"Gen up"

Douglas G. Wilson douglas at NB.NET
Tue Mar 6 10:26:25 UTC 2001

>Derives from "engine", but the antique sense of a device employing animals to
>provide power to a rotating shaft: "Gin up the horses, Harry, and we'll get

"Gen up" = "bone up"/"book up"/"study up" -- mostly British, probably from
British military "general information" -- is given (e.g.) by Partridge.
This doesn't seem to be related to "gin up" as in "gin up support", etc.

"Gin up" as in "gin up
support/interest/opposition/ideas/courage/clients/votes/etc." seems to be
similar to "rustle up", "dig up", "summon up", etc. There are many current
examples in the news. In many cases this is similar in sense to "generate",
which makes one wonder whether it is derived from this verb or conflated
with it.

The above example of "gin up the horses" = "attach the horses to the gin"
sounds reasonable, but I can't find an example anywhere. "Gin up" could
also mean "entrap", e.g., with a snare or caltrop ... also from "engine" I
think ... again I don't have an example. These don't seem related to the
current news usage. But horses can be "ginned up" in another fashion: see

The Cassell dictionary of slang gives "gin up" (US, from 1970's) = "stir
up"/"enliven"/"make ready". This is probably the same as the expression in
question, although the examples I find on the Web don't exactly justify the
Cassell definitions. That is, as I read most of the pertinent news items,
e.g., "gin up support" seems to mean "find support" or "generate support"
rather than "excite support" or "enliven support", although in some cases
either could fit ... and in many I doubt the writer knows exactly what he's
trying to say (he just wants to use a cute/quaint expression). The Cassell
book derives this "gin up" from "gin" = "beat"/"fight"/"have sex"; I find
this derivation dubious.

Chapman gives "gin up" (by 1887) = "enliven"/"make more exciting", equated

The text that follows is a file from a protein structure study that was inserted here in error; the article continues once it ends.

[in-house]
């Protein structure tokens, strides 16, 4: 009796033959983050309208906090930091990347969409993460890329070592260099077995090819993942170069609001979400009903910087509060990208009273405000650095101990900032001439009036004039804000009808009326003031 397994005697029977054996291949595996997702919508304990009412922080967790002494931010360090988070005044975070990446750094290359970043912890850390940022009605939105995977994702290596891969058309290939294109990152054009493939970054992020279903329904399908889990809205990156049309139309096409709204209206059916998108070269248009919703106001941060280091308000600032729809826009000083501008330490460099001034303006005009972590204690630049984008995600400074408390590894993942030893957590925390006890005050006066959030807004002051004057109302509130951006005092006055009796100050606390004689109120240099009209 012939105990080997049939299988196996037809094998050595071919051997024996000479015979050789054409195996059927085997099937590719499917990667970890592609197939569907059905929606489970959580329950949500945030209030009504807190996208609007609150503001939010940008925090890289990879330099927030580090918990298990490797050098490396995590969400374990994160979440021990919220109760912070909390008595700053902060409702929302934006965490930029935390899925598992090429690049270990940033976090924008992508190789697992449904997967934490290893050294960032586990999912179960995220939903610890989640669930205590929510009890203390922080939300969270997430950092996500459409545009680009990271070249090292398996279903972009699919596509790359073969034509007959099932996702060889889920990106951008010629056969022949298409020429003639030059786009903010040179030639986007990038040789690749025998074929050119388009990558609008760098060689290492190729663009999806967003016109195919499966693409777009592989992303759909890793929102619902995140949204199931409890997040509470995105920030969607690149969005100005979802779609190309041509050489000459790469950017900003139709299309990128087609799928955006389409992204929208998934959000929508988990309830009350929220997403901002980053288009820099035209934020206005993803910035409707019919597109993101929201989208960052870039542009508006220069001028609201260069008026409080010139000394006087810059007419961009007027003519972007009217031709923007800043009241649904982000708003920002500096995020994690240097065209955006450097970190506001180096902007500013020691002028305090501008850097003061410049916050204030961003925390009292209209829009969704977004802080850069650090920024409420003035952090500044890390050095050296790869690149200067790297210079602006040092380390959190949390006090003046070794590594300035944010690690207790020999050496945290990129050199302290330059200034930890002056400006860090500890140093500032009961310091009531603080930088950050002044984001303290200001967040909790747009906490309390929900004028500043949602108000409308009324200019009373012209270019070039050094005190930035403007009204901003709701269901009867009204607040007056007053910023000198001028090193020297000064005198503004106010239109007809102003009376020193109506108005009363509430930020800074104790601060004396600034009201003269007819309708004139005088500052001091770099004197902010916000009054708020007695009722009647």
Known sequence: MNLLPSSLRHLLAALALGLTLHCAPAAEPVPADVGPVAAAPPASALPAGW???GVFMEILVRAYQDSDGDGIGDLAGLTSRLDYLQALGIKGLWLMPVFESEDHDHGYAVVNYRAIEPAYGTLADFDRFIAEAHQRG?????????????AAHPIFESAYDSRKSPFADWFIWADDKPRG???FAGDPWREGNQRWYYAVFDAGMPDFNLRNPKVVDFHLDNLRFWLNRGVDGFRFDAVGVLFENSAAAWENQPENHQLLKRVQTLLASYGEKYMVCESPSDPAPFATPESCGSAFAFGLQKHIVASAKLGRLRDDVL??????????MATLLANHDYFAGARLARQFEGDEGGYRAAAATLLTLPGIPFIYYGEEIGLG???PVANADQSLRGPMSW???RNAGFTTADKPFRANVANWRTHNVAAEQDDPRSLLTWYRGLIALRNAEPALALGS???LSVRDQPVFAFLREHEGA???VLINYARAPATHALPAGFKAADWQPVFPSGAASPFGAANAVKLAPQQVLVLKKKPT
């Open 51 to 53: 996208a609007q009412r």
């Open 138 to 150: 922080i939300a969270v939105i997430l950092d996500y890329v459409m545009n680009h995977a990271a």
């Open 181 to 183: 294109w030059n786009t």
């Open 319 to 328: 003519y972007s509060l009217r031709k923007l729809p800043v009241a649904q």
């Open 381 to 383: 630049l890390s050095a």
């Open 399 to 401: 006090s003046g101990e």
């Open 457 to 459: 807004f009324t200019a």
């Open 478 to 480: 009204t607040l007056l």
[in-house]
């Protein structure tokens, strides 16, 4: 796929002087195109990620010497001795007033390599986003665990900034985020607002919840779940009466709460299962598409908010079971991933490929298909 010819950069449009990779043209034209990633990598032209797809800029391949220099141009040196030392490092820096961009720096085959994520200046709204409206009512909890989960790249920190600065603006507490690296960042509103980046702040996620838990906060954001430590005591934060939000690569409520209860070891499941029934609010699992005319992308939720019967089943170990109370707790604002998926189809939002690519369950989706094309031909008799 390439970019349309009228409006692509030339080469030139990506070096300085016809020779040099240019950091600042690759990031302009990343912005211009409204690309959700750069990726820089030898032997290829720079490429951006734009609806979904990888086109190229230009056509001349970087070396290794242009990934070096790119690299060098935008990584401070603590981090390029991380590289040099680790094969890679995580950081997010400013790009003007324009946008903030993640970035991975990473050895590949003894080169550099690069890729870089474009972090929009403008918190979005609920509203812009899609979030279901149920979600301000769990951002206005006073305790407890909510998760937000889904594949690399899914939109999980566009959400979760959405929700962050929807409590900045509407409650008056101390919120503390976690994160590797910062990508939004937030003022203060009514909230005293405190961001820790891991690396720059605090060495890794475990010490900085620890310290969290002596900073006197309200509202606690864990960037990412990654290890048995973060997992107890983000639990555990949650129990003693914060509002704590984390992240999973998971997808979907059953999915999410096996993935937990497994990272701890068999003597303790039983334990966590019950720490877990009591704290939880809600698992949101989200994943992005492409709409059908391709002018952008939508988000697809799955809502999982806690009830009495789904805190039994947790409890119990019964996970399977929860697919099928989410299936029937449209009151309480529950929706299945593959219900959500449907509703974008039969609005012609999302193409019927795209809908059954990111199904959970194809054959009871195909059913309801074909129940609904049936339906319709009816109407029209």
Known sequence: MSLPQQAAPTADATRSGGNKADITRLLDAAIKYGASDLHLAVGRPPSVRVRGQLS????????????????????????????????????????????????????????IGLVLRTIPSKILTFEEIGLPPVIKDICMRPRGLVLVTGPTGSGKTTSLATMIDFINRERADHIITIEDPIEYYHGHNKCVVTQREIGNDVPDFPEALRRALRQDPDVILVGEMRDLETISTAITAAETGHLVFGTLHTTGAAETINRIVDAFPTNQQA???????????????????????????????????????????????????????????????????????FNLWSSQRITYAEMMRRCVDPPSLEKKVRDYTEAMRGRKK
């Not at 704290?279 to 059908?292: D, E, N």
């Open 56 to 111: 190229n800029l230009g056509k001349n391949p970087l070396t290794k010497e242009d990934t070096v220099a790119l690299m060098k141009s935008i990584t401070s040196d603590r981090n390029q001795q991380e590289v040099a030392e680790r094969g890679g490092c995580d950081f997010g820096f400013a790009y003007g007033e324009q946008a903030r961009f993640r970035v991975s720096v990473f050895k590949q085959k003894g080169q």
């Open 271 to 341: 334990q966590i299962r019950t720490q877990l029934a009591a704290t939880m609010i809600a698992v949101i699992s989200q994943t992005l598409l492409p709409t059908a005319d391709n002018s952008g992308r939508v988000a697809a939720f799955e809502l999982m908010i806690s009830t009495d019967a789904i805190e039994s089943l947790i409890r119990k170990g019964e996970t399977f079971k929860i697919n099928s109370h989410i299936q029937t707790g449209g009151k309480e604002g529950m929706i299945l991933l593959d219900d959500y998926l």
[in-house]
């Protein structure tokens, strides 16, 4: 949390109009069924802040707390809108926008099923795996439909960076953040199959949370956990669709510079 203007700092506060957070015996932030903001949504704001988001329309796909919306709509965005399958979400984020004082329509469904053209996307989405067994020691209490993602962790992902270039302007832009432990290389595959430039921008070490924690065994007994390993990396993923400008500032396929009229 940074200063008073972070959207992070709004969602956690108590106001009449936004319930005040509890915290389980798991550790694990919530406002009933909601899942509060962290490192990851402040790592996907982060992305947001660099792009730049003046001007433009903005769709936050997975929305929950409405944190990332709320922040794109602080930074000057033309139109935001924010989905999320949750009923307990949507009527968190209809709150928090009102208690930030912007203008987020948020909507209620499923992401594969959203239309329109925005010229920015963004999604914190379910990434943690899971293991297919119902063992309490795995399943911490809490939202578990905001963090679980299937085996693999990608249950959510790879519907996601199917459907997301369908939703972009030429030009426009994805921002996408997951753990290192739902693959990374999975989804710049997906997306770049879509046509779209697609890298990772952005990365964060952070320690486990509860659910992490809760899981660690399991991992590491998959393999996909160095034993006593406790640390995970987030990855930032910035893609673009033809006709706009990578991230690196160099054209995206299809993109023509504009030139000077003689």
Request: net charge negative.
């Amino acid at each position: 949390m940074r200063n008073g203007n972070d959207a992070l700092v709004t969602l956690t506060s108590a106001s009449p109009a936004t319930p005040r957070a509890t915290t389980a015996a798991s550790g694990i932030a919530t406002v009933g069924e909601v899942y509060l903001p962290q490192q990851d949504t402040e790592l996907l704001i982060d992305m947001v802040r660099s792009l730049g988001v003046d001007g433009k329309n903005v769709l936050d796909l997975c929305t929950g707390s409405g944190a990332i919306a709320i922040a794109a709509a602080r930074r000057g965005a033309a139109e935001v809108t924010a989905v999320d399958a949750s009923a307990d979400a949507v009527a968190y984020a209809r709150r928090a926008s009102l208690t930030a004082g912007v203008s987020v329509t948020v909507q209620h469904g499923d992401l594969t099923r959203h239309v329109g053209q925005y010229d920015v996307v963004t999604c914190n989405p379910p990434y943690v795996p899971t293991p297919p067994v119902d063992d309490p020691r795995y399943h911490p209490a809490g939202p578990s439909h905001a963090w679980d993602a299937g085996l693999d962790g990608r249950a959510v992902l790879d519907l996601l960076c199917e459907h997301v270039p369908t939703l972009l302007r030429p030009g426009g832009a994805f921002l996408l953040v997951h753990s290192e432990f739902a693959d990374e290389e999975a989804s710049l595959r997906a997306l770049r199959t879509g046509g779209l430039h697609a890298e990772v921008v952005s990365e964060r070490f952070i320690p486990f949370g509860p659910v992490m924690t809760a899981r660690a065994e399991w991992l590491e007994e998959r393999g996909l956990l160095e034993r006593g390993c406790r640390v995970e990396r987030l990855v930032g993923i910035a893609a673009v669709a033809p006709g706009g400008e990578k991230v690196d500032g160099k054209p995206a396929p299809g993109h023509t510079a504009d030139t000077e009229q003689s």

to "jazz up". The examples given seem to be modern. The first, with "gin up
support", might fit either "excite" or "find", but the second, with
"numbers of voters ginned up", would support "find"/"generate" over
"excite" as discussed above; neither fits "jazz up" very well. I think two
senses are being confused here, and probably in the Cassell book too.

"Gin up" = "thrash"/"kill"/etc. probably < "engine"/"cotton gin".

There is also "gin up" = "make drunk with gin", and also (Partridge) "get
in the mood for a party by drinking gin".

The "gin up" = "enliven" given with an early date by Chapman probably is
from the earlier "ginger up" = "enliven"/"put some ginger [i.e., pep]
into". This apparently is derived from the practice of increasing a horse's
spirit/pep by inserting ginger into its anus, the expression used by the
1840's (Partridge, Chapman). (Probably, "[full of] ginger" = "[full of]
pep/spirit/jasm" used in describing a person is from the same origin.)

My supposition is that the current news use of "gin up" might be based on a
conflation of something like "gen[erate]" with "gin up" = "excite" <
"ginger up" ... probably with influence from such expressions as "gather
up", "rustle up", "scrounge up", "scrape up". I would speculate that
someone (in recent decades) used something like "gin up support" =
"stimulate support" with the old-fashioned "gin up" ("ginger up"
derivative), and that subsequent users -- perhaps taking this to be an
abbreviation of "generate" (or possibly "engineer" [verb]) -- used "gin up"
as if it were synonymous with "gather", "generate", "organize", as well as

-- Doug Wilson

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